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The opinions expressed in this article are the writer’s own and do not reflect the views of Her Campus.
This article is written by a student writer from the Her Campus at Wilfrid Laurier chapter.

To say Marvel holds a special place in my heart is an understatement. I’ve spent my entire life watching all the Marvel movies and shows, keeping up with every new release and event in the comic books to prepare for the next big superhero. My dad, ninongs and I religiously watch every premiere on opening weekend and discuss our likes and dislikes about the film; it’s become a tradition. When Captain Marvel, the first women-lead Marvel superhero film, was announced in 2019, I was incredibly excited. At that point, the female leads we’d been given played either smaller or team roles. No movie had ever focused solely on a woman. So, when the unjust and hateful discourse came about, I was honestly quite shocked. Of course, everyone is allowed to dislike a movie; everyone has the right to their opinion. Maybe I’m a bit biased as a woman watching a woman, but I remember, as a 16-year-old girl, being absolutely enthralled with the beautiful, powerful blonde woman flying across the screen. After leaving the theatre, my dad, ninongs and I had our usual discussion. We all enjoyed the movie as it was meant to be seen: a comic book superhero film. But, as the days went on, more and more reviews and opinions came out and, to my surprise, many were incredibly negative. As I said, everyone is absolutely entitled to their own opinion but some of these opinions were not just an opinion on the movie but also an opinion on a woman being casted.

Many had expressed their dislike of Brie Larson being cast as one of the most powerful heroes within the comics, taking shots at her acting skills. But why was anyone even questioning her ability to act? A couple years prior, she won the Oscar for Best Actress for her amazing performance in the drama-movie Room (2015), which is a must-watch in my opinion. She has a number of very impressive roles under her belt, so, personally, I don’t think her acting skills were an issue. Another issue many people had with the film was Captain Marvel’s “cocky” and “egotistical” attitude. If we’re going to call her attitude into question, why don’t we also look at Iron Man’s attitude? I love Iron Man; I’m completely team Iron Man in the Iron Man versus Captain America dispute. This has absolutely nothing to do with my opinion on the character. What we should be looking at is Iron Man’s personality. Tony Stark is known for being overly confident; he’s a self-described genius, billionaire, playboy and philanthropist, but that’s what we love him for as fans. These aspects make Tony Stark who he is. Captain Marvel is a confident hero who thinks highly of her strength, as Tony does, and is a bit assertive of her beliefs, but most comic book heroes are. Let’s be honest, one of the biggest reasons she was criticized so harshly was because she’s a woman. If Captain Marvel was cast as a man, no one would question the attitude the character carries. This was proven with our example of Iron Man. The last of the criticisms that I personally think were actually very, put simply, misogynistic, were the criticisms regarding Captain Marvel’s lack of smiling. This discourse was specifically around the first trailer that was released, as it shows multiple intense scenes that explain the context of the movie. If you watch the trailer, you’ll notice there’s not much of a chance to show a happy, smiling woman. I know I wouldn’t be smiling if I were jumping on trains or training for the army, let alone saving the world from aliens. If you’re reading this as a woman or as a person with a woman in their life in any capacity, you’ve been through or know of a woman who has been catcalled or harassed on the street. Alternatively, maybe she was told she was being too bossy in a work setting, that she needed to lighten up and smile more. As women, we know that this criticism is a direct attack on being a woman. Brie Larson herself shot back at these criticisms, posting a twitter user’s reimagined art of superhero movie posters with their unsmiling faces being replaced with big, happy grins. It’s honestly a bit unsettling.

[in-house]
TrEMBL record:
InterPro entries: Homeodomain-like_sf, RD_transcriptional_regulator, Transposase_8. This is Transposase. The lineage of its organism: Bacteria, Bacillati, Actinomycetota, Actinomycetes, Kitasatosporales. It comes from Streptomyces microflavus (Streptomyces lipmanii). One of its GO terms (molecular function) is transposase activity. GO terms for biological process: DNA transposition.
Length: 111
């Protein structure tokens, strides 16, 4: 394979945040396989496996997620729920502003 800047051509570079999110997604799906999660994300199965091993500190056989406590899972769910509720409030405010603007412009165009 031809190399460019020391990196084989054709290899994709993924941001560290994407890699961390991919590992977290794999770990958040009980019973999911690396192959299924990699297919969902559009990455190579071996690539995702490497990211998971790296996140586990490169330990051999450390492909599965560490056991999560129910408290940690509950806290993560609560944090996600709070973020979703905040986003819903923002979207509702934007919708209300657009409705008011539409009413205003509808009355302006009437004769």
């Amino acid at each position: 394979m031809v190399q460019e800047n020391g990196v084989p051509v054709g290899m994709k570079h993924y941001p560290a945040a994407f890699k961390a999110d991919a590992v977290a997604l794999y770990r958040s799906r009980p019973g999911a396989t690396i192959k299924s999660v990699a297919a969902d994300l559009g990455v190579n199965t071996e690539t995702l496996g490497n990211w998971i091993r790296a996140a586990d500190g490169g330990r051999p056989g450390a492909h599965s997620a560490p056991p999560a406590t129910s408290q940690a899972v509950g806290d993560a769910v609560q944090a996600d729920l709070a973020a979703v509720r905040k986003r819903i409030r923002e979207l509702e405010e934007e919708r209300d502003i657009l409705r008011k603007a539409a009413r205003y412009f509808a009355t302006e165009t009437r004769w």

To wrap things up, I just want to restate that it’s completely okay if you didn’t like Captain Marvel, a lot of reviews had very good points as to what Marvel could have done better. It was not everyone’s cup of tea and, again, that’s completely fine. This article isn’t meant to attack your opinions on movies. What I really want people to take away from this is that if you didn’t like the movie on the basis that Captain Marvel is a woman or that Brie Larson played the character, maybe you should rewatch it and think about whether your opinion would change had she been casted as a man.

Much love, Evelyn<3

Evelyn Mendoza

Wilfrid Laurier '26

Evelyn is part of the writing team at the Laurier chapter for Her Campus. She is in her second year for an honours degree in English, while also minoring in Women's Studies and Philosophy. After graduating, Evelyn aspires to become a book publisher and editor. She loves to read (romance and fantasy being her favourite genres) and spending time with her six loving reptiles. If she's not at work or school, you'll usually find her curled up in bed watching Criminal Minds or taking a well needed nap.